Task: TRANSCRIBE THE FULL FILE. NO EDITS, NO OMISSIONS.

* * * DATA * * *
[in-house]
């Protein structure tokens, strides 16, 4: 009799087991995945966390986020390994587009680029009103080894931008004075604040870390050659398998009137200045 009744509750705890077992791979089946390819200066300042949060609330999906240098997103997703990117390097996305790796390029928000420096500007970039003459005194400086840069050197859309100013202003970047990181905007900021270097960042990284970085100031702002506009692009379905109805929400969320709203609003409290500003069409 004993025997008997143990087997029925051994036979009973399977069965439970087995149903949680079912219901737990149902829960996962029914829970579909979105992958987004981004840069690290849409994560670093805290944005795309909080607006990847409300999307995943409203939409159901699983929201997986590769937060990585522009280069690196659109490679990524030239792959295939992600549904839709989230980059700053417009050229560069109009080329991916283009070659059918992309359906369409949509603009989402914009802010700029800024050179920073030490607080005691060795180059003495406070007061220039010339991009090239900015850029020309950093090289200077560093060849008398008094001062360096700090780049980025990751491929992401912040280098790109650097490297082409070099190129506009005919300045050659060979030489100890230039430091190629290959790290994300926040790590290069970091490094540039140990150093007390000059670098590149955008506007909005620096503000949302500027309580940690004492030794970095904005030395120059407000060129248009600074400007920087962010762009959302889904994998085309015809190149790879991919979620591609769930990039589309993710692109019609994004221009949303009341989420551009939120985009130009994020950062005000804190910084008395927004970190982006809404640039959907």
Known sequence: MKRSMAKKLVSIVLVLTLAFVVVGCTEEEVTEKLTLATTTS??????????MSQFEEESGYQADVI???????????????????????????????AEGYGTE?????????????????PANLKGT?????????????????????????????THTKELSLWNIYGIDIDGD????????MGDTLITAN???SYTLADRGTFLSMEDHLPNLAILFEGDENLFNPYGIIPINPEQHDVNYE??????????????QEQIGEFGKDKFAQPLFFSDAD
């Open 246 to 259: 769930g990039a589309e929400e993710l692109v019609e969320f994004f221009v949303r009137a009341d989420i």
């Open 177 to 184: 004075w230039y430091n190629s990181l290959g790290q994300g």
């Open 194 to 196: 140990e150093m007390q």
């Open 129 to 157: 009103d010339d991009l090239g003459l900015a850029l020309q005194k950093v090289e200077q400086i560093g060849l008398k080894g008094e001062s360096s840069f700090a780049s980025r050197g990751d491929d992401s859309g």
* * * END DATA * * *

[in-house]
């Protein structure tokens, strides 16, 4: 009799087991995945966390986020390994587009680029009103080894931008004075604040870390050659398998009137200045 009744509750705890077992791979089946390819200066300042949060609330999906240098997103997703990117390097996305790796390029928000420096500007970039003459005194400086840069050197859309100013202003970047990181905007900021270097960042990284970085100031702002506009692009379905109805929400969320709203609003409290500003069409 004993025997008997143990087997029925051994036979009973399977069965439970087995149903949680079912219901737990149902829960996962029914829970579909979105992958987004981004840069690290849409994560670093805290944005795309909080607006990847409300999307995943409203939409159901699983929201997986590769937060990585522009280069690196659109490679990524030239792959295939992600549904839709989230980059700053417009050229560069109009080329991916283009070659059918992309359906369409949509603009989402914009802010700029800024050179920073030490607080005691060795180059003495406070007061220039010339991009090239900015850029020309950093090289200077560093060849008398008094001062360096700090780049980025990751491929992401912040280098790109650097490297082409070099190129506009005919300045050659060979030489100890230039430091190629290959790290994300926040790590290069970091490094540039140990150093007390000059670098590149955008506007909005620096503000949302500027309580940690004492030794970095904005030395120059407000060129248009600074400007920087962010762009959302889904994998085309015809190149790879991919979620591609769930990039589309993710692109019609994004221009949303009341989420551009939120985009130009994020950062005000804190910084008395927004970190982006809404640039959907």
Known sequence: MKRSMAKKLVSIVLVLTLAFVVVGCTEEEVTEKLTLATTTS??????????MSQFEEESGYQADVI???????????????????????????????AEGYGTE?????????????????PANLKGT?????????????????????????????THTKELSLWNIYGIDIDGD????????MGDTLITAN???SYTLADRGTFLSMEDHLPNLAILFEGDENLFNPYGIIPINPEQHDVNYE??????????????QEQIGEFGKDKFAQPLFFSDAD
């Open 246 to 259: 769930g990039a589309e929400e993710l692109v019609e969320f994004f221009v949303r009137a009341d989420i």
């Open 177 to 184: 004075w230039y430091n190629s990181l290959g790290q994300g």
């Open 194 to 196: 140990e150093m007390q």
């Open 129 to 157: 009103d010339d991009l090239g003459l900015a850029l020309q005194k950093v090289e200077q400086i560093g060849l008398k080894g008094e001062s360096s840069f700090a780049s980025r050197g990751d491929d992401s859309g």